BT: A limner is someone who-
CB: Google this?
BT: I looked this up the other day.
CB: So it’s a painter, especially of portraits or miniatures.
BT: Yes. Yeah, so that one definitely surprised me. The lapidary, lap comes from lapis meaning if you think of like the lapis philosophorum, the philosopher’s stone is someone who works with stones or gems, carving them. Let’s see.
CB: Yeah. I hesitate to like Google all of these live. I don’t know what a skipjack is, for example.
BT: I think a skipjack is just someone who can’t be relied on. They skip out on being there.
CB: Okay, that makes sense.
BT: Let’s see, mercer, it’s between silk men and linen drapers. It’s someone who sells fabrics. Let’s see what else we have. Chorister, someone who sings or leads a choir and a seamster is just simply an archaic form of seamster.
CB: Oh yeah, like a seamstress.
BT: Exactly. A graver, I figured it was like an engraver, but I actually didn’t look that one up.
CB: Yeah, probably engraver because it’s right in between it’s like seamstress, picture drawers, gravers and then upholsters.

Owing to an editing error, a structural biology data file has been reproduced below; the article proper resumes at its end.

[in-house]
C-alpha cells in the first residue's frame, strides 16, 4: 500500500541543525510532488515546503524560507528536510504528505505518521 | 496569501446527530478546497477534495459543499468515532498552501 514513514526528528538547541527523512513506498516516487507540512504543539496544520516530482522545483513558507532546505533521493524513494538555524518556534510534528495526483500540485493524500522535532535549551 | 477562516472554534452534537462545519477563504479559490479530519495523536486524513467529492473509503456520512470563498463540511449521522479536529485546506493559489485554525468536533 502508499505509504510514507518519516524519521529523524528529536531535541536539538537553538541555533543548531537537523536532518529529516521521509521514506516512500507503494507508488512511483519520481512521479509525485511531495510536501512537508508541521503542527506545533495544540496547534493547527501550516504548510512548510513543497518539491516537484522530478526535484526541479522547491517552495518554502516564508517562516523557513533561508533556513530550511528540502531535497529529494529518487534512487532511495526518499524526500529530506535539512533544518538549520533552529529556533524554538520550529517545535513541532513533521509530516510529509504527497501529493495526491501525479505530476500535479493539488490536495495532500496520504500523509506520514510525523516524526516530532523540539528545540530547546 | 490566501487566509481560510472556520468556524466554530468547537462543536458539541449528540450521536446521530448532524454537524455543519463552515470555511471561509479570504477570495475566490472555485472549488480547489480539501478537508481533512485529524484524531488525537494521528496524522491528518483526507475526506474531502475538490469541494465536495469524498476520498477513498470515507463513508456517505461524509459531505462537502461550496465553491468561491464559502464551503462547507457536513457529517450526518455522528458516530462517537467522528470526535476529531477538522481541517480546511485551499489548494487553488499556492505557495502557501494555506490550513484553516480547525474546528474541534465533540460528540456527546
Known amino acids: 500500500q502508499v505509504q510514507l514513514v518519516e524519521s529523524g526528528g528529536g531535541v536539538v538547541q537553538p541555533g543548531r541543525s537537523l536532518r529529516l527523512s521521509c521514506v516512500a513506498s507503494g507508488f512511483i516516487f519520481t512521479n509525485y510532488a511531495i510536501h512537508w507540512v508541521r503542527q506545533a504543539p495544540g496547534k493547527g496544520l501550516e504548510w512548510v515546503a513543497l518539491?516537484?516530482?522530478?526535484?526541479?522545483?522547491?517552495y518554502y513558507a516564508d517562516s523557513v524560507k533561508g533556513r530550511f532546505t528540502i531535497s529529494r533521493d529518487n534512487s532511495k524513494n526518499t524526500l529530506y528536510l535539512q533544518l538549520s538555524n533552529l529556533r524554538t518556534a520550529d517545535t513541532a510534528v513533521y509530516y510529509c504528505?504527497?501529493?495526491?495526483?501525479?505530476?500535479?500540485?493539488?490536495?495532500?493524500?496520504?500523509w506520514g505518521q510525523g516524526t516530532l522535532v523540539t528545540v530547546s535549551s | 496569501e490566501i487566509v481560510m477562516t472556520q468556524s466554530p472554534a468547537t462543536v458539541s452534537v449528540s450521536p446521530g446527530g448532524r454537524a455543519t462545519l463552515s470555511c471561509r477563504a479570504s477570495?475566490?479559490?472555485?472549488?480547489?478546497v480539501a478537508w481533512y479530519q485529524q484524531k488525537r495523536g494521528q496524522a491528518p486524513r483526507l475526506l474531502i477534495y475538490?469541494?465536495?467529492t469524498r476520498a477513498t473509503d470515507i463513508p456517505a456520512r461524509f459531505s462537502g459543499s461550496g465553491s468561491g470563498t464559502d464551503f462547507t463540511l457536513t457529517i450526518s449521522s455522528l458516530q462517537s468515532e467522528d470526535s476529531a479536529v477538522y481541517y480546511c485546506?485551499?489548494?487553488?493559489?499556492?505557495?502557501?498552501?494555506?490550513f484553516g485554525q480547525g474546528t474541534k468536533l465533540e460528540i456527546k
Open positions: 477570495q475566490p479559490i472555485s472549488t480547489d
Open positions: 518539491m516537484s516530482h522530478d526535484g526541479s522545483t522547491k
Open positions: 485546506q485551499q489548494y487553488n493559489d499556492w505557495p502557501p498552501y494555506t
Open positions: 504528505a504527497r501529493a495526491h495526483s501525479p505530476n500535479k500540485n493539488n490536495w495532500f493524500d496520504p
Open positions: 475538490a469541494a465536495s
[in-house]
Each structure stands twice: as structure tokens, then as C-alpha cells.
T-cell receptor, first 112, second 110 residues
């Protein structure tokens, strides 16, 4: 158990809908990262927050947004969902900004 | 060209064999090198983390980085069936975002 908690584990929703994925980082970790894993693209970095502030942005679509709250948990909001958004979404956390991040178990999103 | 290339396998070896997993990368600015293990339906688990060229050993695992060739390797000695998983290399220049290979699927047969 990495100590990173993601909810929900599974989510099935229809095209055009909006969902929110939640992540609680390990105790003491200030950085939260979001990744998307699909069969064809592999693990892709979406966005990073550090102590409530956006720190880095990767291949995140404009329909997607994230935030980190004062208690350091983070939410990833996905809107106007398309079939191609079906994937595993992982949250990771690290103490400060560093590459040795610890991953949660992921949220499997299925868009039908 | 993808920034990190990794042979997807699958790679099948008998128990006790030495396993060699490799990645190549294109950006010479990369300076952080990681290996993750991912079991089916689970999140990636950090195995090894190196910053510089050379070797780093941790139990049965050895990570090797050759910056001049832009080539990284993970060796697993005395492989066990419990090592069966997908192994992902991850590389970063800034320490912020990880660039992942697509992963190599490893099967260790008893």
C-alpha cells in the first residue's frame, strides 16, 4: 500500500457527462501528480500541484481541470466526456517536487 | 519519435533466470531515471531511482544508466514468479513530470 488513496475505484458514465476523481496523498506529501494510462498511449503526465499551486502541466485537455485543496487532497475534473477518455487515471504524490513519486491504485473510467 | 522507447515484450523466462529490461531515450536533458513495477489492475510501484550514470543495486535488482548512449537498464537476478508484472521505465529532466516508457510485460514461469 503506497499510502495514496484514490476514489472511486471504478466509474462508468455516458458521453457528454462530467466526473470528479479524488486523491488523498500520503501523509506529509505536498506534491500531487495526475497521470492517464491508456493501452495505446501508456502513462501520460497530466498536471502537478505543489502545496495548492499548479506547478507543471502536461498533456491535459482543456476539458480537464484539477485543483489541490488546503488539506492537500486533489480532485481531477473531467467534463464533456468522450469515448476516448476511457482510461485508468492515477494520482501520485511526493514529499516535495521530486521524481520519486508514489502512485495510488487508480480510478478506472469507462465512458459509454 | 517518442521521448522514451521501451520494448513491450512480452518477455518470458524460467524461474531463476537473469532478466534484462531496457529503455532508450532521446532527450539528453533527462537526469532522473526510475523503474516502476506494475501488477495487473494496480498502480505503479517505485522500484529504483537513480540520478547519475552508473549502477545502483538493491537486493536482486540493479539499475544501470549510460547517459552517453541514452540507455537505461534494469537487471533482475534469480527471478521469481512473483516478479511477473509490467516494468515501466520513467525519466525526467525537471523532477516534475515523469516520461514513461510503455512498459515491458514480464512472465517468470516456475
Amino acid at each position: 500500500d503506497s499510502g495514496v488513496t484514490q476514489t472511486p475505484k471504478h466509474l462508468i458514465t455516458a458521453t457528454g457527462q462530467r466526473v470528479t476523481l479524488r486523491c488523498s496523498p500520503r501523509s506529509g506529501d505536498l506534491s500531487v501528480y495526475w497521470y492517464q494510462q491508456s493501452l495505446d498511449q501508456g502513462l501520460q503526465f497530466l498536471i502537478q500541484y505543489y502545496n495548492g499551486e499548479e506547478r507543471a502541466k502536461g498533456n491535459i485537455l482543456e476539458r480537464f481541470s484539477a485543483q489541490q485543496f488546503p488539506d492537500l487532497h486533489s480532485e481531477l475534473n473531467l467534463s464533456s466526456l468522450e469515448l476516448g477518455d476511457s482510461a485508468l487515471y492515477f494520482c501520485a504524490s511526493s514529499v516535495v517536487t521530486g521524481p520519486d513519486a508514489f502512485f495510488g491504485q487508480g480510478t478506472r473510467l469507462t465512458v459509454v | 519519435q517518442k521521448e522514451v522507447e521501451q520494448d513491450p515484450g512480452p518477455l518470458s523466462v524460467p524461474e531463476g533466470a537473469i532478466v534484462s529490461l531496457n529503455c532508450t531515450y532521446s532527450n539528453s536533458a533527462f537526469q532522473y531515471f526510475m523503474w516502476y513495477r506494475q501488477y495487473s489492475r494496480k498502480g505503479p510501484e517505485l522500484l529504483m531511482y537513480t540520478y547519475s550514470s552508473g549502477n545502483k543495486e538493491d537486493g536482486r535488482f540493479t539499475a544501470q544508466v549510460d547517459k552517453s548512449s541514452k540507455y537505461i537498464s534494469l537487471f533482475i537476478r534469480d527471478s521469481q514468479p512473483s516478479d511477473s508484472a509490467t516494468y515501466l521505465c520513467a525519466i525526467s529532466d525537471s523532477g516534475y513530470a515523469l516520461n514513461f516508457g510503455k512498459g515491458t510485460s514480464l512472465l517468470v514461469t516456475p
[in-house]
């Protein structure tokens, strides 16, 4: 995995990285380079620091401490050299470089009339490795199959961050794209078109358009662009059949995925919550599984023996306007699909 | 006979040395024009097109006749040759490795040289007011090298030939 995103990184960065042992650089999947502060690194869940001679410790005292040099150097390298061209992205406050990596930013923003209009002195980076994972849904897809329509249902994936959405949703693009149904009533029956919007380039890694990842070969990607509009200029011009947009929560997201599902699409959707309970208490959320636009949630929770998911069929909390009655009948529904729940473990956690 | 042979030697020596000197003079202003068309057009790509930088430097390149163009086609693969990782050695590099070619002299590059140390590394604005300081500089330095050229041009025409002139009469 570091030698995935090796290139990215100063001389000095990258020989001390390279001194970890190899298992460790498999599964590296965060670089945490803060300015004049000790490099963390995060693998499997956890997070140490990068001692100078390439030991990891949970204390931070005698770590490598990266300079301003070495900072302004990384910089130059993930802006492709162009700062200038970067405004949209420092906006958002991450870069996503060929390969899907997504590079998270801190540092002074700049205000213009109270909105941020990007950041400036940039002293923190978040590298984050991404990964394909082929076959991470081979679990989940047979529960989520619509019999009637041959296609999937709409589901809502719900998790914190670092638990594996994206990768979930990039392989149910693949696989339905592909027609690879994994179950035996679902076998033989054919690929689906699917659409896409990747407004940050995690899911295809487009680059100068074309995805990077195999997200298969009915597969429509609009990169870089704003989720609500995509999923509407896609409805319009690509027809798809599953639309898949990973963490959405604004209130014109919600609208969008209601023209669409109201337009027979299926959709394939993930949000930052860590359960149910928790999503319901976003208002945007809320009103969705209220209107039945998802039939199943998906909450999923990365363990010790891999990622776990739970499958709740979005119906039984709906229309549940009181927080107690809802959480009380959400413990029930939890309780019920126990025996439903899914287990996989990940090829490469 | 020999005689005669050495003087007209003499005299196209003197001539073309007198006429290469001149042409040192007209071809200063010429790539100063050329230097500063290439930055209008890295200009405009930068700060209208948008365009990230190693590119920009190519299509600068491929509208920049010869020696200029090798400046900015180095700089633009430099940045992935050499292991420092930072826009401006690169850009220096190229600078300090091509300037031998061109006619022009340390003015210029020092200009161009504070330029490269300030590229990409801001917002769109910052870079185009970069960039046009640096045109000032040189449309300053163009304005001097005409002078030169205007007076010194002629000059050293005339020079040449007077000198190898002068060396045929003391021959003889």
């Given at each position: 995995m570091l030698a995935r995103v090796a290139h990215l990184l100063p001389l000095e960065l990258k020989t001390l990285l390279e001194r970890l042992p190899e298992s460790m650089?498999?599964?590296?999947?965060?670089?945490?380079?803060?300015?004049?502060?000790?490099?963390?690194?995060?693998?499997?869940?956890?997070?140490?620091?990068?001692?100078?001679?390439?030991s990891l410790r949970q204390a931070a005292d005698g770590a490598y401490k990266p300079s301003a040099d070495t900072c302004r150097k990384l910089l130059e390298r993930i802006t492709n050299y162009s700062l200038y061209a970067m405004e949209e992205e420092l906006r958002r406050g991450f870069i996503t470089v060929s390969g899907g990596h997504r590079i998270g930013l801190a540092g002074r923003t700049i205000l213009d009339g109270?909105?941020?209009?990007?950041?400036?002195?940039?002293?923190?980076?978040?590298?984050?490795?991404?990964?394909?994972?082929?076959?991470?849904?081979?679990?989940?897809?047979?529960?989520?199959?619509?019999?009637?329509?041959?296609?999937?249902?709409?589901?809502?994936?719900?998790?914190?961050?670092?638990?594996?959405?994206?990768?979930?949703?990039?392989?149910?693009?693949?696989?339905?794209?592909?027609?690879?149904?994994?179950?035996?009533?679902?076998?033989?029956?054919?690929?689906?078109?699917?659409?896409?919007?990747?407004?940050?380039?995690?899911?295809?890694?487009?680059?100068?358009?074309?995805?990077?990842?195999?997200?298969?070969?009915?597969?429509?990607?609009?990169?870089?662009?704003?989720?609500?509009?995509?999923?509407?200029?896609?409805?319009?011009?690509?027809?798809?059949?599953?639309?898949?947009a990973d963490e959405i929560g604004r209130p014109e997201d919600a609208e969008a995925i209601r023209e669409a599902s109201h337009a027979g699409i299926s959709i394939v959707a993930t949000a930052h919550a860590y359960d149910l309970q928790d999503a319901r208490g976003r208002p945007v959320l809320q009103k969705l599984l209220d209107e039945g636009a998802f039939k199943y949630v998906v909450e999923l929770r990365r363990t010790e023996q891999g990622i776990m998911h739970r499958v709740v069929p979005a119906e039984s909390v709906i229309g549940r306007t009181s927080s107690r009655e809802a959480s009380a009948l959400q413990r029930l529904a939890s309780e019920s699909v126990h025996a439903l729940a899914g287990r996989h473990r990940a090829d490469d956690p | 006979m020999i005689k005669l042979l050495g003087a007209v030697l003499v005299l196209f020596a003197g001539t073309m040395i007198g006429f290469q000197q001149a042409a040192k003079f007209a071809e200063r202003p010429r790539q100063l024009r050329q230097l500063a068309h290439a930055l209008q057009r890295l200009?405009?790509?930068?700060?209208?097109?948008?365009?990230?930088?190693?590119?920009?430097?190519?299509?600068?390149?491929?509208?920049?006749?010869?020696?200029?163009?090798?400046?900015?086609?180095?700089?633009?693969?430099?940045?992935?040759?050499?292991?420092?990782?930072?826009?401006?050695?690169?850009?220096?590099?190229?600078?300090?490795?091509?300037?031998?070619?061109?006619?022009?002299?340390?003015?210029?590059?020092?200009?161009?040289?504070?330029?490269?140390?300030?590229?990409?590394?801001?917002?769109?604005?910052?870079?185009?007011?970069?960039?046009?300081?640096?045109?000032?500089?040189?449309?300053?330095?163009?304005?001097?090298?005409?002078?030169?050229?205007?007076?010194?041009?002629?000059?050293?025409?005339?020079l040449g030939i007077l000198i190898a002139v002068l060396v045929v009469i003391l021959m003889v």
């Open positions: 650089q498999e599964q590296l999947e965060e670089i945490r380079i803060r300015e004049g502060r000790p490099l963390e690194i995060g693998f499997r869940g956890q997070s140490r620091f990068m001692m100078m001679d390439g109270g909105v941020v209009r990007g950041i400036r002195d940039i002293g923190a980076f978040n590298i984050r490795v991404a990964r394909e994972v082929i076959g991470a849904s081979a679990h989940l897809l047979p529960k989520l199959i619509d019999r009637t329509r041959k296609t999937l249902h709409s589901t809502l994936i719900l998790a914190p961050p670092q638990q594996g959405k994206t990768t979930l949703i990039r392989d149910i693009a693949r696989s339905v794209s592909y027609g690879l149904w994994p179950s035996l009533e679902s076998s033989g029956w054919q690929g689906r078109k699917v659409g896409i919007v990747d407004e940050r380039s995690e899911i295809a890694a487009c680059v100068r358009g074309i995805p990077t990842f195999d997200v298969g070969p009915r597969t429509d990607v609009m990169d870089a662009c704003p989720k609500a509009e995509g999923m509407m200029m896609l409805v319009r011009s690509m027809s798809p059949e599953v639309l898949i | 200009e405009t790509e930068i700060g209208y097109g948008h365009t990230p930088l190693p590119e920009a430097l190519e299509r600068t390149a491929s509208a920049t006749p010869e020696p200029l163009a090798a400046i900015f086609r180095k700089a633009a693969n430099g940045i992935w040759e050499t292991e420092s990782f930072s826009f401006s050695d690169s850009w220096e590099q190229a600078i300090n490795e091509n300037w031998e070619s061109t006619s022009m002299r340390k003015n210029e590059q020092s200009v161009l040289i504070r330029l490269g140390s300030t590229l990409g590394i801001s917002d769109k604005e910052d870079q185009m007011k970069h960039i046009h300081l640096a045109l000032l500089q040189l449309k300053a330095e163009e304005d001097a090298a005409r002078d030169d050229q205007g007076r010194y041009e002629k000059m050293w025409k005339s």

BT: Right. Glover, I mean, that makes sense, someone who’s making gloves. And let’s see, the manners when well dignified saying not vitious, meaning they’re not cruel or it’s similar to vicious, but I guess it’s actually a different word, probably is what gave birth to our word vicious.
CB: Okay. Something like that. [inaudible 2.26.51] oh, not vicious. Okay. It’s a fancy spelling of vicious. So it’s just the opposite of opposite of being vicious. Yeah.
CB: Got it, that makes sense cause it’s in between like pleasant and neat and spruce.
BT: Right, and then I thought that was so interesting, rather drinking much than glutinous, which made me wonder if that would be contrasted with Jupiter where the gluttonous might be more of a Jupiterian fault where drinking too much is more of a neuson fault.
CB: And that last one actually going back, I was just thinking of a good term. One of the things that he’s saying here is that Venus, one of the things that does actually come up is that Venus is polite and Venus would be like a person with a prominent Venus where politeness or let’s say decorum would be sort of important to them or would be more front and center, as opposed to the opposite. If you think of somebody, let’s say, it’s like a prominent Mars or something, then politeness is usually like one of the last things that they’re sort of thinking about or sometimes like the impolite person says the first thing that comes to mind, even if it’s not a nice thing to say or something like that.